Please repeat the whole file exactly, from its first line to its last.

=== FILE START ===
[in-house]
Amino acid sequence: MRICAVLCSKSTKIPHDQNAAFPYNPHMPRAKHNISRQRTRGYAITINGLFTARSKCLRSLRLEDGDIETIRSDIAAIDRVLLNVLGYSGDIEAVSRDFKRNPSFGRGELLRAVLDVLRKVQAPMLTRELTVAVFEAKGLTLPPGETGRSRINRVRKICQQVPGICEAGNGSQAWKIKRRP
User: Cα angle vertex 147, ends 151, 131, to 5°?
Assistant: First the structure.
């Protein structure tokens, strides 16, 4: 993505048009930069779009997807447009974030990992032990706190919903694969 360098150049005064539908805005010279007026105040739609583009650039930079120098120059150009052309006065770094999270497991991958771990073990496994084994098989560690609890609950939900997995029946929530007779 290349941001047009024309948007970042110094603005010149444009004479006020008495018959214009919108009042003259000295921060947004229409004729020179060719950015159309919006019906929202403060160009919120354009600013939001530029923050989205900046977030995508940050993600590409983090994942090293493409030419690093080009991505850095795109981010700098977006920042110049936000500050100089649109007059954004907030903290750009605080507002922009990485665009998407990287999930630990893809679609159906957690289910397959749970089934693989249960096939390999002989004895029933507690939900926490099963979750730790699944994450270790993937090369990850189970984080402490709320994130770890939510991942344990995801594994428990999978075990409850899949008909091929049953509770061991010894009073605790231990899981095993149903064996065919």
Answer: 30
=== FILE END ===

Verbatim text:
[in-house]
Amino acid sequence: MRICAVLCSKSTKIPHDQNAAFPYNPHMPRAKHNISRQRTRGYAITINGLFTARSKCLRSLRLEDGDIETIRSDIAAIDRVLLNVLGYSGDIEAVSRDFKRNPSFGRGELLRAVLDVLRKVQAPMLTRELTVAVFEAKGLTLPPGETGRSRINRVRKICQQVPGICEAGNGSQAWKIKRRP
User: Cα angle vertex 147, ends 151, 131, to 5°?
Assistant: First the structure.
């Protein structure tokens, strides 16, 4: 993505048009930069779009997807447009974030990992032990706190919903694969 360098150049005064539908805005010279007026105040739609583009650039930079120098120059150009052309006065770094999270497991991958771990073990496994084994098989560690609890609950939900997995029946929530007779 290349941001047009024309948007970042110094603005010149444009004479006020008495018959214009919108009042003259000295921060947004229409004729020179060719950015159309919006019906929202403060160009919120354009600013939001530029923050989205900046977030995508940050993600590409983090994942090293493409030419690093080009991505850095795109981010700098977006920042110049936000500050100089649109007059954004907030903290750009605080507002922009990485665009998407990287999930630990893809679609159906957690289910397959749970089934693989249960096939390999002989004895029933507690939900926490099963979750730790699944994450270790993937090369990850189970984080402490709320994130770890939510991942344990995801594994428990999978075990409850899949008909091929049953509770061991010894009073605790231990899981095993149903064996065919």
Answer: 30